A Smaller Venue

Monday, April 12, 2010 10:14 PM Posted by Hikari Studio

A few weeks ago I was asked to do a photo shoot for a smaller fashion show being held in a venue downtown.I had known one of the designers presenting there and was all for it. People and low light, hey it's good practice for weddings and almost none of the stress so I get a chance to play around and experiment with the freedom.

The night went a little differently than anticipated. I had my flash with me but I try and avoid using it, partially due to wanting to become more comfortable with it (yeah I know, that's kind of counter intuitive) and the other is because I'm still trying to improve on balancing it with ambient to my liking. Regardless I did not want to use on camera flash at that particular venue. I had brought with me a strobe to set up in a corner specifically for the fashion show. Unfortunately I had left the house forgetting to bring along the light modifier. Bare bulb wasn't exactly what I was going for.

In the end I decided to have some fun, push my camera a bit and shoot it all high ISO. Aside from the main stage with the performer for the evening, most of the venue was lit really sporadically with bright tungsten pot light. It was definitely a challenge, more so when the fashion show started. Aside from the sporadic lighting the venue was sold out and really packed. So much so that there was no real good vantage point. More so, the fashion show did not begin till a good hour past it's original intended start time. It was also not announced that it was starting till about a minute before it did. Needless to say I was still running around getting shots of the crowd and not in position (not that there really even was a good one).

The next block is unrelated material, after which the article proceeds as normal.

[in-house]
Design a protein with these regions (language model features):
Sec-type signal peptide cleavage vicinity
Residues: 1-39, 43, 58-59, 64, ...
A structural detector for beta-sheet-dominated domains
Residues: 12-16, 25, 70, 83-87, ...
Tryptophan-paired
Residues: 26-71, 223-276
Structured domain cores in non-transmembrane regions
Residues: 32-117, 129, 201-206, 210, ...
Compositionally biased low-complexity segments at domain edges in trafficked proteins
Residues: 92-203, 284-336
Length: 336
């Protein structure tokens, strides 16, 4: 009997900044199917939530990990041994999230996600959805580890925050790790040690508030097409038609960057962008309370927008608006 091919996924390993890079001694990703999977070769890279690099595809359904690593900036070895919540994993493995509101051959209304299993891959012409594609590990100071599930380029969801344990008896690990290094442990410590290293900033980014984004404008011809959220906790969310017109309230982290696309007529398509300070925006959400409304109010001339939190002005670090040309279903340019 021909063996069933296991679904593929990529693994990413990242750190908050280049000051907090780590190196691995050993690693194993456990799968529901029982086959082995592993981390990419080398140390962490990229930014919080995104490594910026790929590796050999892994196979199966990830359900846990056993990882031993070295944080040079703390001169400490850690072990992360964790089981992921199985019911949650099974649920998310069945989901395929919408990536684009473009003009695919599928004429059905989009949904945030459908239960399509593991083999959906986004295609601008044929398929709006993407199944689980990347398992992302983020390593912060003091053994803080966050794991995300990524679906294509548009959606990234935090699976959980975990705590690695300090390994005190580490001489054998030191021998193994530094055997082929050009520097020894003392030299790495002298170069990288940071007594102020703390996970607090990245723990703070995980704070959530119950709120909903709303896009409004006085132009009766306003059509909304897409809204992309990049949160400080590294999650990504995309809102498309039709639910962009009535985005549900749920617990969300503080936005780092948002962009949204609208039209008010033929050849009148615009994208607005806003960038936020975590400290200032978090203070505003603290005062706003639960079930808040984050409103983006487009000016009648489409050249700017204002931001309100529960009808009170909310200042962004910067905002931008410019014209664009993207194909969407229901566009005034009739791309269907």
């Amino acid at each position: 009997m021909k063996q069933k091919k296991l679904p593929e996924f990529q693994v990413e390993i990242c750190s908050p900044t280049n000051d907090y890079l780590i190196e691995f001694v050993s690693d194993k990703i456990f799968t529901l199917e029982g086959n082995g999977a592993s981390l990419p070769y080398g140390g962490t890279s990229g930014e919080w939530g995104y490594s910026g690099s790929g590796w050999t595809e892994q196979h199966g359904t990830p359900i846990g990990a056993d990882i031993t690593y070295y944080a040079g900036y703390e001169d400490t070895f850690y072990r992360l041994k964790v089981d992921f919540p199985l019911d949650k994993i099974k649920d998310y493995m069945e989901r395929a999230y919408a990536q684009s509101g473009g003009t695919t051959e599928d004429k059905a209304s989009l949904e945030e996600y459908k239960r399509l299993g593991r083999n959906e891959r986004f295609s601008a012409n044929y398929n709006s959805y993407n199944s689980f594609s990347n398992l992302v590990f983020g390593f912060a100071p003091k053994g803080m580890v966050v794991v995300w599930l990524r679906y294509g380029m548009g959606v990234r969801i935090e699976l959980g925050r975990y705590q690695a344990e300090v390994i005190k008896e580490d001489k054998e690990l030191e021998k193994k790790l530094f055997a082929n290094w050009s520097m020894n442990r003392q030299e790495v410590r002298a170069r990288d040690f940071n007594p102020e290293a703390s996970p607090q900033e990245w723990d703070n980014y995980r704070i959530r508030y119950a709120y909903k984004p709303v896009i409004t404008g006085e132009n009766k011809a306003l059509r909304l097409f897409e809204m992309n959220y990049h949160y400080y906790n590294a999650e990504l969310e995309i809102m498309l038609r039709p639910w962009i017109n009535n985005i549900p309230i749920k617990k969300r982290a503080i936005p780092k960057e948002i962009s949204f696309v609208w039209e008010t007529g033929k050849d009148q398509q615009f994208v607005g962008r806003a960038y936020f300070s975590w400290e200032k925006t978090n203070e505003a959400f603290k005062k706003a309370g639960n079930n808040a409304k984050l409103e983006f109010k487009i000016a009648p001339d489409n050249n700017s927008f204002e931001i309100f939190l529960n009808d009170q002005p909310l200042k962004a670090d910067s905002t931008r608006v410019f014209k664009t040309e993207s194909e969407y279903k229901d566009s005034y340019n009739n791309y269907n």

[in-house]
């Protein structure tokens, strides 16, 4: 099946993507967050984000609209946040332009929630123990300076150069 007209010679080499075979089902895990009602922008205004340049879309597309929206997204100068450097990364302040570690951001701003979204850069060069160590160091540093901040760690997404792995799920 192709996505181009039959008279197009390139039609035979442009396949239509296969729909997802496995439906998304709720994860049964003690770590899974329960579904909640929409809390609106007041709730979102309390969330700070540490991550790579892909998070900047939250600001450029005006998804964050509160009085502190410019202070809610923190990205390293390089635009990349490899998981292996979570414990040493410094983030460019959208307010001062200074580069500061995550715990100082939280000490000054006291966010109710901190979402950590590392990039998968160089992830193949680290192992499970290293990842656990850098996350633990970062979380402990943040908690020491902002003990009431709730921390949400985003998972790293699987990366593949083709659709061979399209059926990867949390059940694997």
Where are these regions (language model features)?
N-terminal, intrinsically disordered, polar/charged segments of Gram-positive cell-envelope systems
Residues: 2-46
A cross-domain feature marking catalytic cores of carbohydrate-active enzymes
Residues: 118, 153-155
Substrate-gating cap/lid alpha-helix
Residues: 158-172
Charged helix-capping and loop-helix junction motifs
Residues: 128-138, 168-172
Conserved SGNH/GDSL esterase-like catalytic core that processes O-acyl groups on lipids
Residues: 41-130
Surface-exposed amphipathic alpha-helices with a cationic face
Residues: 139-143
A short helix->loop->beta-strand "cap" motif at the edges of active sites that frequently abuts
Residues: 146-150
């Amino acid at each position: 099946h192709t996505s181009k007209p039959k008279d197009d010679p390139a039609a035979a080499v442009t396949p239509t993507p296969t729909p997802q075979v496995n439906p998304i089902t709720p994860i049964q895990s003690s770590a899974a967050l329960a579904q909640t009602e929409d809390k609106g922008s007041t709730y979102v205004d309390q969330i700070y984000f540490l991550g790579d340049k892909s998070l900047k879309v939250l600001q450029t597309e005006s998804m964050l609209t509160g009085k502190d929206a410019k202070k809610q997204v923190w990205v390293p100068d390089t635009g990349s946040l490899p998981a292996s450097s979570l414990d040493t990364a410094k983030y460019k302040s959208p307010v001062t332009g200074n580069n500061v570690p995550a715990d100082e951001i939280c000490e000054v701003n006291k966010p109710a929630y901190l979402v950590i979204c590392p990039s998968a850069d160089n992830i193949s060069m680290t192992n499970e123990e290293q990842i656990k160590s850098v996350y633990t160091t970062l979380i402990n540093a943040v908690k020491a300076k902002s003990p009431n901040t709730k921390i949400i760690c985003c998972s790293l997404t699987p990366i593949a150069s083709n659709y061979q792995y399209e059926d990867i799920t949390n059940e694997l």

I've seen photos from some amazing photographers who have shot certain weddings all on available light. I don't kid myself into thinking it's as easy as just snapping away. You really have to be aware of what you have to work with and how to twist it to work for you. You end up having to pay a lot more attention to your foreground and background as well as the surrounding light sources and modifiers Easier said than done of course but there are some beautiful examples of it around the internet.

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